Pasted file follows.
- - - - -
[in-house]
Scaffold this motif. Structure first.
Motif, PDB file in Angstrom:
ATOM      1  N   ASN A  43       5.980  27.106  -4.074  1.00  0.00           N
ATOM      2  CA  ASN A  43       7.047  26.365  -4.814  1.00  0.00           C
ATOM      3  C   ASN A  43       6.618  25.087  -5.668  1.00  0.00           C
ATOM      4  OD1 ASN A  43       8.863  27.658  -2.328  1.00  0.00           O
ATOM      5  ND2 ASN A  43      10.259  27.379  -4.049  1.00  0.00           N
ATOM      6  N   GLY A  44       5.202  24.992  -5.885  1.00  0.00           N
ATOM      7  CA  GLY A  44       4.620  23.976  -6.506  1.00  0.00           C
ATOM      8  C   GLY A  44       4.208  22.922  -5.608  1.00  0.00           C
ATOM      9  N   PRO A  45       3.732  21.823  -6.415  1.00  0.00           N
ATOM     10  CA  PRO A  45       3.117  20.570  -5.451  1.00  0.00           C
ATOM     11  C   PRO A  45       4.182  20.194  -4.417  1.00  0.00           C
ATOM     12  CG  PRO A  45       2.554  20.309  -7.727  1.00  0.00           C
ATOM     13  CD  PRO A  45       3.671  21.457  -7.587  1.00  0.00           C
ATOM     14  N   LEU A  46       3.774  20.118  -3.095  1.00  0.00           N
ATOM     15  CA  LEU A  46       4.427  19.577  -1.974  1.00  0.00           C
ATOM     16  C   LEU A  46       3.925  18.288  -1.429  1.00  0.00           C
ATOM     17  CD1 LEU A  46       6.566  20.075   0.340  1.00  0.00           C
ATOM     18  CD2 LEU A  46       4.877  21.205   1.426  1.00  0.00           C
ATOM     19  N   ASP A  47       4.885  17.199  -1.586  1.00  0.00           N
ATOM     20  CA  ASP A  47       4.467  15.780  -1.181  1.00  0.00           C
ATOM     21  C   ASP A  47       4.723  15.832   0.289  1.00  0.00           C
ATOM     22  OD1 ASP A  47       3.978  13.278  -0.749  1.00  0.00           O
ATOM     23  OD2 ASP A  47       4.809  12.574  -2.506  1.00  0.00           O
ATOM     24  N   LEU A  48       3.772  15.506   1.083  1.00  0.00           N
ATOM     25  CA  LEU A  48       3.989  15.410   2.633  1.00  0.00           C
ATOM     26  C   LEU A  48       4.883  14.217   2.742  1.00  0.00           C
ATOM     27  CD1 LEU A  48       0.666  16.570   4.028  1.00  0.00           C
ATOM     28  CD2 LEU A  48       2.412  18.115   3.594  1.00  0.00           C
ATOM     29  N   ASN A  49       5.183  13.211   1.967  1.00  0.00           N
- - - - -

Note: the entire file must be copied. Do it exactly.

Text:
[in-house]
Scaffold this motif. Structure first.
Motif, PDB file in Angstrom:
ATOM      1  N   ASN A  43       5.980  27.106  -4.074  1.00  0.00           N
ATOM      2  CA  ASN A  43       7.047  26.365  -4.814  1.00  0.00           C
ATOM      3  C   ASN A  43       6.618  25.087  -5.668  1.00  0.00           C
ATOM      4  OD1 ASN A  43       8.863  27.658  -2.328  1.00  0.00           O
ATOM      5  ND2 ASN A  43      10.259  27.379  -4.049  1.00  0.00           N
ATOM      6  N   GLY A  44       5.202  24.992  -5.885  1.00  0.00           N
ATOM      7  CA  GLY A  44       4.620  23.976  -6.506  1.00  0.00           C
ATOM      8  C   GLY A  44       4.208  22.922  -5.608  1.00  0.00           C
ATOM      9  N   PRO A  45       3.732  21.823  -6.415  1.00  0.00           N
ATOM     10  CA  PRO A  45       3.117  20.570  -5.451  1.00  0.00           C
ATOM     11  C   PRO A  45       4.182  20.194  -4.417  1.00  0.00           C
ATOM     12  CG  PRO A  45       2.554  20.309  -7.727  1.00  0.00           C
ATOM     13  CD  PRO A  45       3.671  21.457  -7.587  1.00  0.00           C
ATOM     14  N   LEU A  46       3.774  20.118  -3.095  1.00  0.00           N
ATOM     15  CA  LEU A  46       4.427  19.577  -1.974  1.00  0.00           C
ATOM     16  C   LEU A  46       3.925  18.288  -1.429  1.00  0.00           C
ATOM     17  CD1 LEU A  46       6.566  20.075   0.340  1.00  0.00           C
ATOM     18  CD2 LEU A  46       4.877  21.205   1.426  1.00  0.00           C
ATOM     19  N   ASP A  47       4.885  17.199  -1.586  1.00  0.00           N
ATOM     20  CA  ASP A  47       4.467  15.780  -1.181  1.00  0.00           C
ATOM     21  C   ASP A  47       4.723  15.832   0.289  1.00  0.00           C
ATOM     22  OD1 ASP A  47       3.978  13.278  -0.749  1.00  0.00           O
ATOM     23  OD2 ASP A  47       4.809  12.574  -2.506  1.00  0.00           O
ATOM     24  N   LEU A  48       3.772  15.506   1.083  1.00  0.00           N
ATOM     25  CA  LEU A  48       3.989  15.410   2.633  1.00  0.00           C
ATOM     26  C   LEU A  48       4.883  14.217   2.742  1.00  0.00           C
ATOM     27  CD1 LEU A  48       0.666  16.570   4.028  1.00  0.00           C
ATOM     28  CD2 LEU A  48       2.412  18.115   3.594  1.00  0.00           C
ATOM     29  N   ASN A  49       5.183  13.211   1.967  1.00  0.00           N